Kevin P. Gaughan, the Democratic candidate for Erie County comptroller, has released the first of two television ads that his campaign plans to air before his Tuesday showdown with Republican incumbent Stefan I. Mychajliw.
The 30-second ad, also on YouTube, features Gaughan discussing his record on government reform as a citizen activist, which he said has helped save local taxpayers $50 million over 10 years.
“I’ve saved our community more money as a private citizen than my opponent has as a politician,” Gaughan says in the ad.
The spot comes about a week after Mychajliw aired his first campaign commercial, which touts his record of having saved taxpayers about $500,000 his first day in office by cutting staff.
A subsequent ad by Mychajliw takes aim at Gaughan’s problems with unpaid federal income taxes.
Last week, Gaughan announced that he had settled a long-standing $28,000 debt with the Internal Revenue Service.
Gaughan said Tuesday that his campaign anticipates spending about $20,000 to air the two spots.
“That’s considerably less than my opponent,” he said.
Asked how much his campaign will spend on TV ads, Mychajliw declined to say. “I can’t tell you that,” he said.
After speculating that Gaughan’s TV ad budget was more likely in the neighborhood of $14,000 to $15,000, Mychajliw boasted that the budget for his own ads was “significantly larger” than Gaughan’s.
“We feel as though we have a much stronger and higher level of support than my opponent. We think the issue of his taxes really hurt his support,” Mychajliw said.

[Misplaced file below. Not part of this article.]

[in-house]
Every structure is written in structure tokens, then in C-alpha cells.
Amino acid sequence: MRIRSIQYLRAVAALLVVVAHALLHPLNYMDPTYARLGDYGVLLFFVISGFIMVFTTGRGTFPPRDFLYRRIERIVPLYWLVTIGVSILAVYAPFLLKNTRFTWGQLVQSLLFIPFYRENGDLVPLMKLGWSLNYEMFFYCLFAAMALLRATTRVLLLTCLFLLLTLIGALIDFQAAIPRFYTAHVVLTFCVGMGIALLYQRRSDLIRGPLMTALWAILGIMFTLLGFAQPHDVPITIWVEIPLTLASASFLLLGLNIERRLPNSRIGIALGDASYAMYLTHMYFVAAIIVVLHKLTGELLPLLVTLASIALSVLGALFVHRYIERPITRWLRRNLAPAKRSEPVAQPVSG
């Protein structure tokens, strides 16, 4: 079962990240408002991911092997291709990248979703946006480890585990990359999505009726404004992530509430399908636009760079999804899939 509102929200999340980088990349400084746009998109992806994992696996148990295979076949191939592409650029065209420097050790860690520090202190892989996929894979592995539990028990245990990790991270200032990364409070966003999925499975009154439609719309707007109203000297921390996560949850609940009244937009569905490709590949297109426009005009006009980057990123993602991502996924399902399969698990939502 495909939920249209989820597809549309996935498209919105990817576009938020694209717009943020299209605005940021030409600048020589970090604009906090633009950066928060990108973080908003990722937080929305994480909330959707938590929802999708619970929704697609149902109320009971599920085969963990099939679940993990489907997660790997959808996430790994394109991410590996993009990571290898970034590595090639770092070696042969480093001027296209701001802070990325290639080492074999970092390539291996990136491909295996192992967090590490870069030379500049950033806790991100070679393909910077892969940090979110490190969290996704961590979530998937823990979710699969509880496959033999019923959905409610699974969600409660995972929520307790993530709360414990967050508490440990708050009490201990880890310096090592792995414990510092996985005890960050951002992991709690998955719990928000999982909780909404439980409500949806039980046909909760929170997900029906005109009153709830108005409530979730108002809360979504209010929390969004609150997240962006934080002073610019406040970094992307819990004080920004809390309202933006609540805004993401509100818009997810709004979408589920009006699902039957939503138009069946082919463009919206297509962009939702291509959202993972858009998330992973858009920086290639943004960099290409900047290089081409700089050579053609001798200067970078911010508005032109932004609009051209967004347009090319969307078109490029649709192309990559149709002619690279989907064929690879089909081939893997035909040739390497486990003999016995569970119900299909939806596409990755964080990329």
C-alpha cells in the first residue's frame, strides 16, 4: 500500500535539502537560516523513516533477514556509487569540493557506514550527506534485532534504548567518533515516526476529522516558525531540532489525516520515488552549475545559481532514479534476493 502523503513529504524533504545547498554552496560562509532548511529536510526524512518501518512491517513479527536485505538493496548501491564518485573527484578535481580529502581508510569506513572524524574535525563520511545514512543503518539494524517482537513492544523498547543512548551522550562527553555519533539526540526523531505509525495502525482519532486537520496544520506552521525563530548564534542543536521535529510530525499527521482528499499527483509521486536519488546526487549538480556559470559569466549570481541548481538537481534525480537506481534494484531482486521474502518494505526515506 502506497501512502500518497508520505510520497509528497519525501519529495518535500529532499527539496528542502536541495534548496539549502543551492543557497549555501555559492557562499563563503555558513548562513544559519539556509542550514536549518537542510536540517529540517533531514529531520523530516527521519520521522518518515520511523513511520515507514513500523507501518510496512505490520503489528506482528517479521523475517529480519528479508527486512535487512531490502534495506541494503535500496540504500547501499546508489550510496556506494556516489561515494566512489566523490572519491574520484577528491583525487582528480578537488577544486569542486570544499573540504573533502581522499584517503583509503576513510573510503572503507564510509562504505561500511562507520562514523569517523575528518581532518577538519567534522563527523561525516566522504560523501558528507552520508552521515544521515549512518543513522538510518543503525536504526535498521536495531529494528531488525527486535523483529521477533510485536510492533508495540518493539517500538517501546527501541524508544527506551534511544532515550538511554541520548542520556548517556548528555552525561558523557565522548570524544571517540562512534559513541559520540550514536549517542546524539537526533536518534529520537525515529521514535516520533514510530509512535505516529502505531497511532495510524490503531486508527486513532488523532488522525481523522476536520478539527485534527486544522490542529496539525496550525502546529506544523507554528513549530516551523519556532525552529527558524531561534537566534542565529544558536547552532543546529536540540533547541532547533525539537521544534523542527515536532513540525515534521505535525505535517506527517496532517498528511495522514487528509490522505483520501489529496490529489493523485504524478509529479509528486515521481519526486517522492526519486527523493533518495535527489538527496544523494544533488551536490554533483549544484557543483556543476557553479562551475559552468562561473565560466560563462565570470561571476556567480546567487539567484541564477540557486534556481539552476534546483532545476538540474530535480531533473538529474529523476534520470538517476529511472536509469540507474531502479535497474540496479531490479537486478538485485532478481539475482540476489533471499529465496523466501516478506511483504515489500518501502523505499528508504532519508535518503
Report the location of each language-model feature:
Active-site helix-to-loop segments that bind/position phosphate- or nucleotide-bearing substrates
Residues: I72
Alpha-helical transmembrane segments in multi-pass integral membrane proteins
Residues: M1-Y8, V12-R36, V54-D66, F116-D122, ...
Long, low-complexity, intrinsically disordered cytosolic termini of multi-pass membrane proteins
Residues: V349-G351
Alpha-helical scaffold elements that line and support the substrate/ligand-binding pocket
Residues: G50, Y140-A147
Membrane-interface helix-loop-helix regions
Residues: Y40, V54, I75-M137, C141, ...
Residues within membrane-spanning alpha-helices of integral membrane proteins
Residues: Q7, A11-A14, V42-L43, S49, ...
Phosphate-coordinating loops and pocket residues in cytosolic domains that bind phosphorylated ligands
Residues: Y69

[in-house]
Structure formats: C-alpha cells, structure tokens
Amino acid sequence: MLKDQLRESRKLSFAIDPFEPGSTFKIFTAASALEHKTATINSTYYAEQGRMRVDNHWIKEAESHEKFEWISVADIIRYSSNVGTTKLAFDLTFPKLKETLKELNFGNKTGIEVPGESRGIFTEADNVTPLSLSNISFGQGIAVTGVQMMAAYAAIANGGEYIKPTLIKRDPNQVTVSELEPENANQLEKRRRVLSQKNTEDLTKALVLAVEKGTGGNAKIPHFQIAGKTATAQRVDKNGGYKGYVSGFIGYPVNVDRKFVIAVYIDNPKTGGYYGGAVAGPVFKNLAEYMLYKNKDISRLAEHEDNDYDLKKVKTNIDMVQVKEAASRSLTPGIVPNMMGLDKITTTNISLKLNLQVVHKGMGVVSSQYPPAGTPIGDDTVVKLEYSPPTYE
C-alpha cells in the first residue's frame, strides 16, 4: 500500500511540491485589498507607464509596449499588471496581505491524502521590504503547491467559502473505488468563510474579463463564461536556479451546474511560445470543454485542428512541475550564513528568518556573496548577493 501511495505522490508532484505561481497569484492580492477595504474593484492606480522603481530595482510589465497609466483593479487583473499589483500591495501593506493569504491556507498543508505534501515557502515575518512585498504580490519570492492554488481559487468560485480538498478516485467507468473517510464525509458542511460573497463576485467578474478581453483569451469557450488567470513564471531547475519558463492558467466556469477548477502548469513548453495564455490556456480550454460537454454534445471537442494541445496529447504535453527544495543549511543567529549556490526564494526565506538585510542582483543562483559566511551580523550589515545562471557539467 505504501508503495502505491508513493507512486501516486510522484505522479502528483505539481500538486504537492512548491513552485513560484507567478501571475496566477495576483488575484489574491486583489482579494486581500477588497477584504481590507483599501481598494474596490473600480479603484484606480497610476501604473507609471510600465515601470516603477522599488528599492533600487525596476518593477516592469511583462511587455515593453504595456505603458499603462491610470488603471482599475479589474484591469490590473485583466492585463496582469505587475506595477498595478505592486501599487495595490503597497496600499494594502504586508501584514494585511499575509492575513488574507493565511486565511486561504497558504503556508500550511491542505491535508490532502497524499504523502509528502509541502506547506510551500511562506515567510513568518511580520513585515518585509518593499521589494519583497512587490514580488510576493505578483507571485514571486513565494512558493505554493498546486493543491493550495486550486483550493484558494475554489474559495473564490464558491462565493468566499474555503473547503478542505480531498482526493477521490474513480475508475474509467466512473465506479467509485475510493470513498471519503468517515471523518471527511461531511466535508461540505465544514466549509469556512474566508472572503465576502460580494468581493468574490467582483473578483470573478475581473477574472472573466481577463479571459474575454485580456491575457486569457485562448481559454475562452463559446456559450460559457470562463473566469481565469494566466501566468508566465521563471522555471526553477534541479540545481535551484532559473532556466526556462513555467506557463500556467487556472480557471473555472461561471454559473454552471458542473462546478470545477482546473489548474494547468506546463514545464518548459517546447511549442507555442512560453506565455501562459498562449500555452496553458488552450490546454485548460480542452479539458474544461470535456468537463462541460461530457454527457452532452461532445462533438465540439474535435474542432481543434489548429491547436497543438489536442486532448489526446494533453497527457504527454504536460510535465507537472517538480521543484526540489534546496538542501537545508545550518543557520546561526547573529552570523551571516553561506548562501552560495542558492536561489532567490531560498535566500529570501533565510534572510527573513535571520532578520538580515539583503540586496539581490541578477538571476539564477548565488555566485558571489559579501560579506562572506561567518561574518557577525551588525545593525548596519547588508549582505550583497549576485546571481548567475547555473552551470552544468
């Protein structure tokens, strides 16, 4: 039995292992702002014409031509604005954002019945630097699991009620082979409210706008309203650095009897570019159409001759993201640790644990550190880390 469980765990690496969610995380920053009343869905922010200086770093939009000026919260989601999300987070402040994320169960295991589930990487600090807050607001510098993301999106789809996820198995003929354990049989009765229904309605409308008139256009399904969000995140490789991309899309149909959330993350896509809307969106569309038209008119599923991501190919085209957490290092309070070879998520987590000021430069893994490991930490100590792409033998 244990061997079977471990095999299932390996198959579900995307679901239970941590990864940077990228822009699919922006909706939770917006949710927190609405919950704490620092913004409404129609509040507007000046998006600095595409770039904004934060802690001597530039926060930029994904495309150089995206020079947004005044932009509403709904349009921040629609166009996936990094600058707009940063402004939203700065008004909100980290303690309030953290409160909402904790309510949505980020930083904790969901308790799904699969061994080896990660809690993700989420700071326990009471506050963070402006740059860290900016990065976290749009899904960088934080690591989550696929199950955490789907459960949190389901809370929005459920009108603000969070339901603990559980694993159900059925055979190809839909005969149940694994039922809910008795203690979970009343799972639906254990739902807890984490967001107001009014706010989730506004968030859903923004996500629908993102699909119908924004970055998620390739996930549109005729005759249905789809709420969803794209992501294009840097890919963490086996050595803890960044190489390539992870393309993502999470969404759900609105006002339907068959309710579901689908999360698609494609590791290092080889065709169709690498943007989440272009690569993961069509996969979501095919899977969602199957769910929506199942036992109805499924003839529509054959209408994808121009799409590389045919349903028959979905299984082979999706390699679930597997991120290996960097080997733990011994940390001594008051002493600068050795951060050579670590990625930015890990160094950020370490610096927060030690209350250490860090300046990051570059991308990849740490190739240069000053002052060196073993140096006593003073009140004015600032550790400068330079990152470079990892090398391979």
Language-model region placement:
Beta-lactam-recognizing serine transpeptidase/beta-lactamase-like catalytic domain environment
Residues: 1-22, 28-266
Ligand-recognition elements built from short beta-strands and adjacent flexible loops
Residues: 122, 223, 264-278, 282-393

Gaughan accused the comptroller of distorting the facts in the ads that highlight Gaughan’s tax problems.
“In his 10 months in office, Mr. Mychajliw has conducted only one audit as comptroller, and that has been of my personal life. And in his commercial, he got it wrong,” Gaughan said. “The ad is full of outright lies and exaggerations.”
Gaughan said he is not all that enamored of TV ads because, over the years, “they have degraded politics.”
“I hope the ones we’re making stand apart from the usual political blather,” Gaughan said.
He said he aimed for the TV spots to be “as substantive and informative as possible,” without debasing his opponent.
As a candidate for Congress nearly 20 years ago, Gaughan shunned the long-standing practice of recording campaign spots for airing on TV in favor of doing live broadcasts from various local sites that would be affected by his policy proposals.
The sites for those ads included Seneca Vocational High School and the mammogram testing center at Mercy Hospital.
“I was the first candidate to do that,” Gaughan said.